Tuesday, December 12, 2017

An Introduction to Urinary Incontinence - Myths and Facts
Urinary Bladder
Urinary Bladder, Picture Source - Bigcskyline

What is Urinary Incontinence?

Urinary Incontinence, a.k.a. poor bladder control, is a condition wherein urine leaks out of the body by accident. The European Association of Urology states that it affects 200 million people worldwide. Its severity ranges from sporadic leakages of a few drops of urine to chronic loss of bladder control with heavy regular leakage.

What are the potential causes that can lead to Urinary Incontinence?

A basic understanding of how the urinary bladder system works can help us infer the underlying causes of Urinary Incontinence. The urinary bladder is an elastic, muscular organ that holds the urine. It expands as it fills up and contracts as it releases the urine. When it's filled up to capacity, a signal is sent to the brain, indicating that the bladder is full. The brain, in turn, instructs the bladder muscles to contract and push the urine out. As the bladder contracts, a muscular ring at the base of the bladder called the inner sphincter relaxes and lets the urine pass into the urinary tract. Then, the external sphincter at the end of the urinary tract relaxes, expelling the urine from the body. This process is called micturition. Any damage to a part, or the entirety of this apparatus, whether by an injury, loss of muscular control, certain chronic diseases, drug usage, or nerve damage, can be the underlying cause of Urinary Incontinence.

Myths About Urinary Incontinence

  • Contrary to popular misconceptions, Urinary Incontinence is not a disease but a symptom of a bigger problem. 
  • Another common misconception about UI is that it’s inevitable with age. It isn’t. Only a tenth of the over 65 population suffers from Urinary Incontinence, and sometimes, even 18-year-olds experience it. 
  • Do more women suffer from UI than men? Nope! Although data obtained from 13 different studies states that the prevalence of UI in women varies from 30% to 50% in different age groups while the percentage of men suffering from UI is half that of women, this wide gap in numbers could be attributed to poor reporting rather than lesser prevalence. According to NAFC, only 1 out of 12 people report incontinence issues due to the stigma attached to the condition.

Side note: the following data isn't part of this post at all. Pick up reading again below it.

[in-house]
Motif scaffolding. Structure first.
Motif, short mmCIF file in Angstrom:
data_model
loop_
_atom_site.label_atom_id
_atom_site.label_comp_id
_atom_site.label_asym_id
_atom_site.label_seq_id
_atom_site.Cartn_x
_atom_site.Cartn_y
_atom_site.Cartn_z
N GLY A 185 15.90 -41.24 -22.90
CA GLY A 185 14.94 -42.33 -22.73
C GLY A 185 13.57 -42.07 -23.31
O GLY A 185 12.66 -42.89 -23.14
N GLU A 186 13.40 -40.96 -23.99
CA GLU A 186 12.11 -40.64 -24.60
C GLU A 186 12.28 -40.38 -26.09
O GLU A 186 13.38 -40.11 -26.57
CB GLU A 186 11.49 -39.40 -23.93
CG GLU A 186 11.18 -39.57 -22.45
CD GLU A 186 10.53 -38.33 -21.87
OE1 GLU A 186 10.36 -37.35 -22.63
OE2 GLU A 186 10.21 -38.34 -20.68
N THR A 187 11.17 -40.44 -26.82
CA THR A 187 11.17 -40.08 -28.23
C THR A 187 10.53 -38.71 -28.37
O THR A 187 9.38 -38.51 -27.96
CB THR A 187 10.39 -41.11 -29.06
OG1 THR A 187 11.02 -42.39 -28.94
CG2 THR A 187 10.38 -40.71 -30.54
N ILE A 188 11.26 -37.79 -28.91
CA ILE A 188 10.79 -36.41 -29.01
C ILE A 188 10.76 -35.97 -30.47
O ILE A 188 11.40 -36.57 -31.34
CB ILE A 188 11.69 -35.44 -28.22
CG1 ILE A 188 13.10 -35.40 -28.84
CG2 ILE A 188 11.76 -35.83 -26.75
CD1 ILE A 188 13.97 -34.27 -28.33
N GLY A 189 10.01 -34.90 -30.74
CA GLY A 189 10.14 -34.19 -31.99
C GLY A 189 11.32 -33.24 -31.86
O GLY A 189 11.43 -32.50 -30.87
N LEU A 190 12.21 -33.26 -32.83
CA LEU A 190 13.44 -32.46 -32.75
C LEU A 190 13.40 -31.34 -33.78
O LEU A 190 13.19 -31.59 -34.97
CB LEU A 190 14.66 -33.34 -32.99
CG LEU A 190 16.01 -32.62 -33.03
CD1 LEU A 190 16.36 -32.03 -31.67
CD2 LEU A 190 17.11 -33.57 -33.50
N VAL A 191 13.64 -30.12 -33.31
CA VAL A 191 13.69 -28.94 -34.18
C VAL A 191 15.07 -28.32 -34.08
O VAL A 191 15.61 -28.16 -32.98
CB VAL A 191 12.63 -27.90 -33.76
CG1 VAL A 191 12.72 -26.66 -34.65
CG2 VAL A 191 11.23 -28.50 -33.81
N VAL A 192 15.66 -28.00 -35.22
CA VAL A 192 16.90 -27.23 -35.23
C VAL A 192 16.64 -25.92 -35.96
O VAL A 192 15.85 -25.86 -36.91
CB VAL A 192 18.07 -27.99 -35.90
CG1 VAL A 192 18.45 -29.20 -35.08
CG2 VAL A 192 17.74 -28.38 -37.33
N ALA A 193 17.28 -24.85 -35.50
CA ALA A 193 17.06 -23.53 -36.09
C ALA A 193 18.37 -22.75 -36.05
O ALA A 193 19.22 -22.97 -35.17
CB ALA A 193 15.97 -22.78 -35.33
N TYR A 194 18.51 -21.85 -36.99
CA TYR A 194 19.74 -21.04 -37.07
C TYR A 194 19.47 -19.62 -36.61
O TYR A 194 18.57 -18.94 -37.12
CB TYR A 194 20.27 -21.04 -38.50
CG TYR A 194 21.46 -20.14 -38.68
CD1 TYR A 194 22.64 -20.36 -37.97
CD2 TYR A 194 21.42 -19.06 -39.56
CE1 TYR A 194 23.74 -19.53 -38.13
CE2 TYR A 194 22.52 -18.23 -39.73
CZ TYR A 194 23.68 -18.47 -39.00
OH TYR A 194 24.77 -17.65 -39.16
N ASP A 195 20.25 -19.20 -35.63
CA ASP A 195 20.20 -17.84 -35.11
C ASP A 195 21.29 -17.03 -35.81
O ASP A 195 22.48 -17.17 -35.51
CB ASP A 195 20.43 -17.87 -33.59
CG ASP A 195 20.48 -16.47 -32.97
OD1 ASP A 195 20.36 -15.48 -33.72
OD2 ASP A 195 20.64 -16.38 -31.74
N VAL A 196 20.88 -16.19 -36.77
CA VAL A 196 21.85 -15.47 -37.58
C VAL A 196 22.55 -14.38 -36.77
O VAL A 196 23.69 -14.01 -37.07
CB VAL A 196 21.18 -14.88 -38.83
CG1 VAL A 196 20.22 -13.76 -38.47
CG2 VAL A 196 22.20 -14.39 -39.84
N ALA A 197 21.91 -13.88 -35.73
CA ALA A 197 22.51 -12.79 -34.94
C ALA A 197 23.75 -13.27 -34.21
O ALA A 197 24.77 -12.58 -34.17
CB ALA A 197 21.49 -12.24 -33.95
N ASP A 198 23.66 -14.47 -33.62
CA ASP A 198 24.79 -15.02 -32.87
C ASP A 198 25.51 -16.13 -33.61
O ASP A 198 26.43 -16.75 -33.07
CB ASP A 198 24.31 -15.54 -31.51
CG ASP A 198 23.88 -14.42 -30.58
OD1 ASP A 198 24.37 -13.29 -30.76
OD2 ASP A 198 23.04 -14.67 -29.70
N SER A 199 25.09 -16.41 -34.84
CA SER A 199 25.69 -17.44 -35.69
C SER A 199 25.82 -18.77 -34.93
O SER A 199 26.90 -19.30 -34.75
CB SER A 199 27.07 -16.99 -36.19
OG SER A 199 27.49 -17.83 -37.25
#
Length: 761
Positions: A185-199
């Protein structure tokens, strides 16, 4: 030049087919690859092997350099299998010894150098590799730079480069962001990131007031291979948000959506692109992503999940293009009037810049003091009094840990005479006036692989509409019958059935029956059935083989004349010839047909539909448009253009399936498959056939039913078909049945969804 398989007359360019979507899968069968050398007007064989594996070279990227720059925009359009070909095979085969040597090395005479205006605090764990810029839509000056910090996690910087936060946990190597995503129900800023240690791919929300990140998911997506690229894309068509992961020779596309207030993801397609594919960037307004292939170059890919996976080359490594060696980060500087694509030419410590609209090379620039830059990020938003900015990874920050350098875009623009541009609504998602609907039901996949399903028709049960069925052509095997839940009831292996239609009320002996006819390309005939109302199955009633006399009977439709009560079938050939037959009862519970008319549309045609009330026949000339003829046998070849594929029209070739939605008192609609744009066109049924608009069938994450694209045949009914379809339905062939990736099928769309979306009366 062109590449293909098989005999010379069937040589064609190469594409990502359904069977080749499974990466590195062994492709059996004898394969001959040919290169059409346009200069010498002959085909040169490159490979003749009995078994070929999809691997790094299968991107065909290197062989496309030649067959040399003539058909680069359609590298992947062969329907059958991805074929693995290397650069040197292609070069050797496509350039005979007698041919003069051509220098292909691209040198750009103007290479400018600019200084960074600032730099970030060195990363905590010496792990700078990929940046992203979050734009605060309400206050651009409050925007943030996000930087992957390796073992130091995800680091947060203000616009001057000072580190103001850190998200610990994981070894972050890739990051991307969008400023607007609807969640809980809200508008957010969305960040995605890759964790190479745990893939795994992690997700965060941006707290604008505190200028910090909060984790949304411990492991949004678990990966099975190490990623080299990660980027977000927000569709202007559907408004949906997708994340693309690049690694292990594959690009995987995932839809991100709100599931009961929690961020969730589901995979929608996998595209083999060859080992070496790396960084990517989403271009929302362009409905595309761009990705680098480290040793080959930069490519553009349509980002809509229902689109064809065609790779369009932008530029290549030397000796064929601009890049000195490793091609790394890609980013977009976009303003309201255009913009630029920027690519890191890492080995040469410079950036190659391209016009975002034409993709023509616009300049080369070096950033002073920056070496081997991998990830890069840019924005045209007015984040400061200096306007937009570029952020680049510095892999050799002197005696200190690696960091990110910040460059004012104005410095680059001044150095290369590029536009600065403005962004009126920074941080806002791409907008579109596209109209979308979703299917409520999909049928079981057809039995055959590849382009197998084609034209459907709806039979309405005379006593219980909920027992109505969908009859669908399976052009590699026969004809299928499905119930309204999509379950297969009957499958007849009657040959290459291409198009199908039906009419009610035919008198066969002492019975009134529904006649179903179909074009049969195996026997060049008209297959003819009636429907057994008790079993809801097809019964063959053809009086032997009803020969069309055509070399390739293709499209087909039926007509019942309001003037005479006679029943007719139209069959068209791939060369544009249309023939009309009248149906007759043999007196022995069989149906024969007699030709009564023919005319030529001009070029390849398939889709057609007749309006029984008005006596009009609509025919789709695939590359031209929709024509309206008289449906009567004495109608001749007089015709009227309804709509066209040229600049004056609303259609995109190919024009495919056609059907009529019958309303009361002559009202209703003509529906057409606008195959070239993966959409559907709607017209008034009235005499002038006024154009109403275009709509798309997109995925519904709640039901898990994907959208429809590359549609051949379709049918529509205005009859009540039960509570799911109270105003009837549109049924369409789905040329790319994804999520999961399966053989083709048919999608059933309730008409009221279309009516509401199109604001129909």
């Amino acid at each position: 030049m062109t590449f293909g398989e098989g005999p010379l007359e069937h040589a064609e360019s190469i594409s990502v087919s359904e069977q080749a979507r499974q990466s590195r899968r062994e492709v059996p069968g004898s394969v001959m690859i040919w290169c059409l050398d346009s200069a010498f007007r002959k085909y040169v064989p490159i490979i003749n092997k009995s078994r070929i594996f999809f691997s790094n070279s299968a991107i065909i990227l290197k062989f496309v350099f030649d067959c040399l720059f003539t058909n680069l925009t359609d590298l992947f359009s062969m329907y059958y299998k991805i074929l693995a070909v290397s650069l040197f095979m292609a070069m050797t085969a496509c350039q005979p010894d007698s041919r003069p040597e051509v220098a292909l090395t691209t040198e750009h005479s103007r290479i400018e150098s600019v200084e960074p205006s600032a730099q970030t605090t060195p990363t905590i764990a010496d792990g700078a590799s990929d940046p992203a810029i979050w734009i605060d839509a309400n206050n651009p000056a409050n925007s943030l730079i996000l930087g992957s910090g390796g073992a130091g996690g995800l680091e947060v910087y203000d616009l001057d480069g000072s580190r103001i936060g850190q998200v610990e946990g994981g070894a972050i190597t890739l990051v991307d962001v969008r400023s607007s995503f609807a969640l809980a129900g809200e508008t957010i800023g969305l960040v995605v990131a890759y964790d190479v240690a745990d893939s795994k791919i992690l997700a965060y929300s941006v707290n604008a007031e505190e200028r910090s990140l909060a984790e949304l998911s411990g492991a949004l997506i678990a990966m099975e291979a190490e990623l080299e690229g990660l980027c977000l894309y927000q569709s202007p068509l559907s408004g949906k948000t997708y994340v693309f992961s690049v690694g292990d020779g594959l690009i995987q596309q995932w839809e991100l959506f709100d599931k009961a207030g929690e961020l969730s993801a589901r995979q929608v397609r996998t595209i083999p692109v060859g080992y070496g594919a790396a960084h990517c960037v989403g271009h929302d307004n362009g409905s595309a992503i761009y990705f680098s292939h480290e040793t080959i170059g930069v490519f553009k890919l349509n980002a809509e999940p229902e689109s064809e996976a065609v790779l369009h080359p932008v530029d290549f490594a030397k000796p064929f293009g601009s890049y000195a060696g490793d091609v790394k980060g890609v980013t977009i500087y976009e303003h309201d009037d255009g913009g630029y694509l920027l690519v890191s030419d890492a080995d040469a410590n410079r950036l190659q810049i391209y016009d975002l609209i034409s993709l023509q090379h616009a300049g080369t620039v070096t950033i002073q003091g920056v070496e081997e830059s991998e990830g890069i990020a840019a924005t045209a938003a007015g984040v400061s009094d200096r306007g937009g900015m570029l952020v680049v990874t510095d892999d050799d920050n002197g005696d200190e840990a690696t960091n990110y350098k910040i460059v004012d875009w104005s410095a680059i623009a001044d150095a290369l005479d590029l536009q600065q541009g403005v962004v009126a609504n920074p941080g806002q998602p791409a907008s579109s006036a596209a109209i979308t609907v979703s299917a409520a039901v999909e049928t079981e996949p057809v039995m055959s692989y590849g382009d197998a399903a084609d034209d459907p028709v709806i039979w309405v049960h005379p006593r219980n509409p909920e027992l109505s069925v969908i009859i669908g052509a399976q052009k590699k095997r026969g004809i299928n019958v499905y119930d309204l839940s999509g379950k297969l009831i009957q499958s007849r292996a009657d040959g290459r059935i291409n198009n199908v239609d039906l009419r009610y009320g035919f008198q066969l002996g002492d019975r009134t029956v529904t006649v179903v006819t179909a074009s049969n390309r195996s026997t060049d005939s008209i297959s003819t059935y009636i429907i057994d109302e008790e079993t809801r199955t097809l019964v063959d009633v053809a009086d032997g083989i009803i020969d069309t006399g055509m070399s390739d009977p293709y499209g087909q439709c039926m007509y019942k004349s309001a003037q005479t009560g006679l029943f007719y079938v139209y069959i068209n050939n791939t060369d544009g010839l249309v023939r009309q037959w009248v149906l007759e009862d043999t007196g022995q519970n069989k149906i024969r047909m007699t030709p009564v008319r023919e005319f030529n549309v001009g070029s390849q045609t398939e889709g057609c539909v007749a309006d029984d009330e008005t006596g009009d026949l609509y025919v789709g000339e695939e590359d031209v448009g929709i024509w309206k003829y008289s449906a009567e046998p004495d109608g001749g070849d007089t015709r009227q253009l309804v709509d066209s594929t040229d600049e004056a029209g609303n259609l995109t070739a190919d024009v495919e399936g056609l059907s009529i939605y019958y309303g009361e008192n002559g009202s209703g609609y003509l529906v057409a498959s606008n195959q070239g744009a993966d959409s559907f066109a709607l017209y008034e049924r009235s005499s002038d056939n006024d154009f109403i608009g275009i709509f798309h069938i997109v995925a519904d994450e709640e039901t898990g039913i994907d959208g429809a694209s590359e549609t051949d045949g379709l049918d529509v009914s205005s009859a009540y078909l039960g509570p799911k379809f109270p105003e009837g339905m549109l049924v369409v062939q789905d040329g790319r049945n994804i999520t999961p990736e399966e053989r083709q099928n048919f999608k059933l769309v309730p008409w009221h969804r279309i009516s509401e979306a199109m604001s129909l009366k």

• Another mistaken but widespread belief is that it could be brought on by childbirth or menopause. These conditions could aggravate the situation due to a weakened pelvic floor or loss of estrogen, but they are not the sole contributors to the loss of bladder control.

Facts About the Probable Causes of Urinary Incontinence

While myths abound, here’s a clear and concise look at all possible underlying causes of Urinary Incontinence. 

  • Excessive weight gain causes pressure build-up on the bladder resulting in infrequent and involuntary urine discharge. Conversely, sudden weight loss or frequent fluctuations in weight can also lead to muscular atrophy in the nether regions.
  • Occasional urine leakage may occur due to sneezing, coughing, laughing, and other abrupt actions because of stress, trauma, or injuries.
  • Birth defects, i.e., urinary tract developmental problems in the prenatal stage. 
  • Prostate cancer, radiation therapy, and surgery could lead to UI in men.
  • Urinary Tract Infections could irritate the bladder, leading to frequent urges to empty it, sometimes involuntarily. 
  • Damage to the signal-carrying nerves in the micturition pathways might result in delayed responses from the brain leading to spontaneous leakage.
  • Diseases such as diabetes, chronic cough, kidney stones, Alzheimer’s, multiple sclerosis, and Parkinson’s could also be the underlying causes of poor bladder control.
  • Chronic gastrointestinal problems like constipation can weaken the pelvic floor
  • Certain medicines like diuretics, antidepressants, Blood Pressure monitoring drugs, and oral estrogen pills have also been known to exacerbate the situation, if not be the outright cause.

Suspicions of UI should be promptly reported to your health care practitioner so it can be dealt with immediately. Fear of embarrassment shouldn't keep you from seeking early treatment and faster resolution. Unless it is a chronic condition that will require further diagnostic testing and elaborate treatment, bladder control can be regained effectively with minimal changes to diet, exercise, and medication. The prognosis is positive for 80% of UI cases.

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